China, Trump and domestic policy: the reasons for Abe's visit to Pearl Harbor
The Japanese prime minister wants to strengthen the ''alliance of hope " with Washington in anticipation of the next American president’s moves. China urges Abe to apologize for the Nanjing Massacre. Premier’s approval rating at 60%.
Honolulu (AsiaNews) - We must never "repeat the horrors of war, this is the solemn oath that Japan has taken”, stated the Japanese Prime Minister Shinzo Abe yesterday concluding the visit to the military base at Pearl Harbor, where on December 7, 1941 a Japanese air force attack caused 2400US casualties. Abe, who has not apologized for the incident, is the first Japanese leader to visit the memorial of the USS Arizona, one of the battleships sunk in the attack.
Accompanied by Obama, the prime minister prayed for the dead and renewed the ''hope alliance" with Washington. Abe also thanked the United States for its efforts in re-establishing diplomatic relations after the end of World War II. The Prime Minister had the opportunity to shake hands and talk with some survivors of the attack.
According to analysts, the objective of Abe's visit is threefold: strengthening relations ahead of the new president Donald Trump taking power; strengthening the alliance with the United States to counter China; win support in his country for the forthcoming elections.
The next occupant of the White House is a source of disquiet in Tokyo for several reasons. During the election campaign the tycoon has questioned the value of the US military presence in Japan (which aids Tokyo especially against North Korea’s threat of nuclear weapons) and the overall structure of regional security, which according Trump would rely too heavily on Washington. The new president also suggested that Japan's produce its own nuclear weaponry.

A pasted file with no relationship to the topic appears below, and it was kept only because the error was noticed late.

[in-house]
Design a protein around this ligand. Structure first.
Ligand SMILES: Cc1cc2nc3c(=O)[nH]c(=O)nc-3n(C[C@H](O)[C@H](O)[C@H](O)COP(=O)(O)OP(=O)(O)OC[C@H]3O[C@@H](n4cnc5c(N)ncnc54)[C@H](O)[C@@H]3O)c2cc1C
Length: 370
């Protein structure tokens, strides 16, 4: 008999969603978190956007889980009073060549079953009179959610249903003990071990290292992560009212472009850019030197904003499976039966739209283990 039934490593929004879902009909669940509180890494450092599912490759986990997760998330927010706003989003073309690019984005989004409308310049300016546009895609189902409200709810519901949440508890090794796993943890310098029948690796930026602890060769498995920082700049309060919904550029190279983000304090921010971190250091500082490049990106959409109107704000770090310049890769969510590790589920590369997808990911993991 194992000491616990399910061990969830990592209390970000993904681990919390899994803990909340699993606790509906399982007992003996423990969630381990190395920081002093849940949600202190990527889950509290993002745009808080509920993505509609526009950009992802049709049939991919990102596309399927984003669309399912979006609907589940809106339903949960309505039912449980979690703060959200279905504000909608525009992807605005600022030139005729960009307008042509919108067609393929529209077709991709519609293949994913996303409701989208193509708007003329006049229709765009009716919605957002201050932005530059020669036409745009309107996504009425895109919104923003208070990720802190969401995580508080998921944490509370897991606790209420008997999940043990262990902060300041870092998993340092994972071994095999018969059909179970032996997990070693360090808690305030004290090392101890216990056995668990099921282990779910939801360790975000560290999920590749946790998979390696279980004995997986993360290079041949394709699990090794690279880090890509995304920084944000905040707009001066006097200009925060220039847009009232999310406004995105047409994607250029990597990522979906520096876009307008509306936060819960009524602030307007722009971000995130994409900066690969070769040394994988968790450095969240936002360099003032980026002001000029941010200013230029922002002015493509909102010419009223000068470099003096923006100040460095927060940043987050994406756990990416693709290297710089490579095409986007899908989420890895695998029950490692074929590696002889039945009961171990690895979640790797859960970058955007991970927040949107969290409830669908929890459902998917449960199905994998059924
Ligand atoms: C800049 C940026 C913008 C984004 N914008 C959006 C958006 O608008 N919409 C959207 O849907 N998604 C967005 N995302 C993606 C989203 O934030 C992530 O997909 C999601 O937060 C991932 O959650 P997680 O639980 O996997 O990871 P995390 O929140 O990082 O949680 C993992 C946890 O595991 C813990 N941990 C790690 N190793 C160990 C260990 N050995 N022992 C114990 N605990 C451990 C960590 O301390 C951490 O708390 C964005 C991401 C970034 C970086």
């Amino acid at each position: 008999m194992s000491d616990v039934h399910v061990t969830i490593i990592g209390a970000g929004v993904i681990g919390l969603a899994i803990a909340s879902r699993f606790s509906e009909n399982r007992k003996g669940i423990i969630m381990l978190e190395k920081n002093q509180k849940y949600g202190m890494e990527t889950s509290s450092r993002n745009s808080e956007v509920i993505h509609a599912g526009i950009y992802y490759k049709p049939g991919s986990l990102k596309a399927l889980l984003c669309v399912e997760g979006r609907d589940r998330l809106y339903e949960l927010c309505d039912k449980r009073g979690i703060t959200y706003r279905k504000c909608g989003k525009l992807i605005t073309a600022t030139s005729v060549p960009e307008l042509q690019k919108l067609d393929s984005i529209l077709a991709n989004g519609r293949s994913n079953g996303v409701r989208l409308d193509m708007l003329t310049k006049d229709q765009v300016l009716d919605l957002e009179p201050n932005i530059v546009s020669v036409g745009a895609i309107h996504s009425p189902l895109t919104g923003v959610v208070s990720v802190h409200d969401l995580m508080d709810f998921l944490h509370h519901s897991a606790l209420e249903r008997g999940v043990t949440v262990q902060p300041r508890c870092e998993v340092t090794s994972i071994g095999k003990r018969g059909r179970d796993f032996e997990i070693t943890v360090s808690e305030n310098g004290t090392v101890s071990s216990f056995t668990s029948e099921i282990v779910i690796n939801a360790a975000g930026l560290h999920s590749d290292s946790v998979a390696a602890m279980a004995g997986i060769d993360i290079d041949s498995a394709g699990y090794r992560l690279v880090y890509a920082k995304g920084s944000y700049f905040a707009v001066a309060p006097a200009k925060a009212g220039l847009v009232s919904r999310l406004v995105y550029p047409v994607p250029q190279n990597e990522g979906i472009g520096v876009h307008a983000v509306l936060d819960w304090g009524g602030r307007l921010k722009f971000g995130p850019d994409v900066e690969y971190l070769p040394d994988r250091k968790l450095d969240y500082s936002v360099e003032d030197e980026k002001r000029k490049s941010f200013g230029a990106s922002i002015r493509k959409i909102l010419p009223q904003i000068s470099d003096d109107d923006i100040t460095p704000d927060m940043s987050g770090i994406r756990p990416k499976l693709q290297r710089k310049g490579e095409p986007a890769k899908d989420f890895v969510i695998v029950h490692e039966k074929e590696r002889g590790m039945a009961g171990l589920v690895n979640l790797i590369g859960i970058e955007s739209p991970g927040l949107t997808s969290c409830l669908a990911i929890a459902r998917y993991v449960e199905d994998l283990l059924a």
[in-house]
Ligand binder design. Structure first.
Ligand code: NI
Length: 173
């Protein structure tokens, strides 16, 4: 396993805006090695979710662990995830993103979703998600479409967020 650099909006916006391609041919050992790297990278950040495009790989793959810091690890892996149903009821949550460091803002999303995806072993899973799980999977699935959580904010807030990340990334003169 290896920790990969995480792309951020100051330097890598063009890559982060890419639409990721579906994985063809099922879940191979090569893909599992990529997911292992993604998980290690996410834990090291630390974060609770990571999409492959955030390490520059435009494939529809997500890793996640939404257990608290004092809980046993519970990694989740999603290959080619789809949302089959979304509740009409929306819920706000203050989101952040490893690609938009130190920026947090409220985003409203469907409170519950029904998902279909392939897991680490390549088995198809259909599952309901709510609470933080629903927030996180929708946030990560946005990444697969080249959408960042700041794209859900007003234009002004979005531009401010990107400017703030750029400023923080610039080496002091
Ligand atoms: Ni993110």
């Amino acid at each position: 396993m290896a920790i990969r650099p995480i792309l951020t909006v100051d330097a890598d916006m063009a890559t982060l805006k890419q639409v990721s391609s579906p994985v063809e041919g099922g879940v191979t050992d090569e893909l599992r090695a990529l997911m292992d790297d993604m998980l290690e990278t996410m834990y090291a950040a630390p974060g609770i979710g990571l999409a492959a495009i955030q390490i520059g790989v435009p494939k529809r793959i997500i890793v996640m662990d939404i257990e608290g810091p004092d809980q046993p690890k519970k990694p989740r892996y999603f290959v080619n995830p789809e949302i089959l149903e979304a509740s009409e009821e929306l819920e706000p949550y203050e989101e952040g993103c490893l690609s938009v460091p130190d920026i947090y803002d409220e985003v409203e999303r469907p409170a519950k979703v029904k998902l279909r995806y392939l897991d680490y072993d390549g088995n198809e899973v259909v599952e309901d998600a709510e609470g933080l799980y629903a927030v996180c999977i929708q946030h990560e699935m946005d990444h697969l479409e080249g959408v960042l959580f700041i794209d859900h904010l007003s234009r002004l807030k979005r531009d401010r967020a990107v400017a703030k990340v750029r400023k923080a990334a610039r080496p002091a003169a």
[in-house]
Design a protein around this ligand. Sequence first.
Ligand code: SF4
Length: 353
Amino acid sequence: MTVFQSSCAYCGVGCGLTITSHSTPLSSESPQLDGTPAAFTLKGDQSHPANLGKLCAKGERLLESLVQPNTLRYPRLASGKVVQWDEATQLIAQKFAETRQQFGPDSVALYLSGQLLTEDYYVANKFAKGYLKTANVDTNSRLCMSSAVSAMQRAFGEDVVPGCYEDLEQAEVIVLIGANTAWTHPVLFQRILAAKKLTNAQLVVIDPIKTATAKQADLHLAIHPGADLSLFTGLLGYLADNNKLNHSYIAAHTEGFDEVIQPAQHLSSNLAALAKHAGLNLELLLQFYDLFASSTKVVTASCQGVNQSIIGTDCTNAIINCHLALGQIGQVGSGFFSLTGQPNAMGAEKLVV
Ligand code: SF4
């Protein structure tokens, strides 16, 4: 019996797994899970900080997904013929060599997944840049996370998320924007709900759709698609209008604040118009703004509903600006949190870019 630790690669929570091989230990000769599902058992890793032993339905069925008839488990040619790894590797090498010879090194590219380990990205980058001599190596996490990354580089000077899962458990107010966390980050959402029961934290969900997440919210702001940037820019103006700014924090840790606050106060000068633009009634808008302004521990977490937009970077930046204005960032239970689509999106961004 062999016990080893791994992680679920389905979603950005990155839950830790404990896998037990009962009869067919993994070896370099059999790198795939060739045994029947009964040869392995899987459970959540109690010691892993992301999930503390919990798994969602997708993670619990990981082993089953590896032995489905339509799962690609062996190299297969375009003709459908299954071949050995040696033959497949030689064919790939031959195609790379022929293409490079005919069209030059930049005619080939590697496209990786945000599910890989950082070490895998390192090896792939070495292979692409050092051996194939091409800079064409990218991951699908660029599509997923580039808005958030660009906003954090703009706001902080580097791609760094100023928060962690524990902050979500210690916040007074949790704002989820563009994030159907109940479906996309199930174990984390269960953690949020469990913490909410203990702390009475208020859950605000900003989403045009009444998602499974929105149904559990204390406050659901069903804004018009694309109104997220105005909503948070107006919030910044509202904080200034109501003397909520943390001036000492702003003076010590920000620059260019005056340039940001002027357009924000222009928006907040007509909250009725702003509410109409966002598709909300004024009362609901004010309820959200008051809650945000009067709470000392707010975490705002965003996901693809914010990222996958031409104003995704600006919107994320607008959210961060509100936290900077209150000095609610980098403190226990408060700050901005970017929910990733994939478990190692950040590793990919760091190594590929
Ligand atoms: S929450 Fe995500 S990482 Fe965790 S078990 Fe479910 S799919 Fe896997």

The second aspect that worries Abe is an economic one. Trump, in fact, promised to abandon the TTP (Trans Pacific Partnership), a free trade agreement that the Japanese Prime Minister strongly supported, approved by parliament in early December. Hiromichi Shirakawa, chief economist at Credit Suisse Securities in Tokyo, said that the Trump decision "would significantly worsen trade relations between the two countries." Shinzo Abe was the first international leader to meet with the newly elected American president, in an 90 minute talk after which he described him as "a leader in which I can have full confidence."
Relations with Washington are considered fundamental by Tokyo to limit the influence of China in the Asia-Pacific. Beijing aims for economic and military dominance in the region, assuming an increasingly decisive attitude in disputed waters and East China Sea. Abe's visit to Pearl Harbor was not well received by China, which claims that Japan needs to do as much with China to mend the tears caused by the war. Quansheng Zhao, a professor at American University, suggested that Abe also visit Nanjing, where in 1937 Japanese troops massacred Chinese civilians and disarmed soldiers.
The Japanese prime minister is in the fourth year of his second term. According to opinion polls his approval rate at home is at 60%. His entourage believe that the historic visit to Pearl Harbor could give Abe a sufficient advantage to win hypothetical early elections in 2017.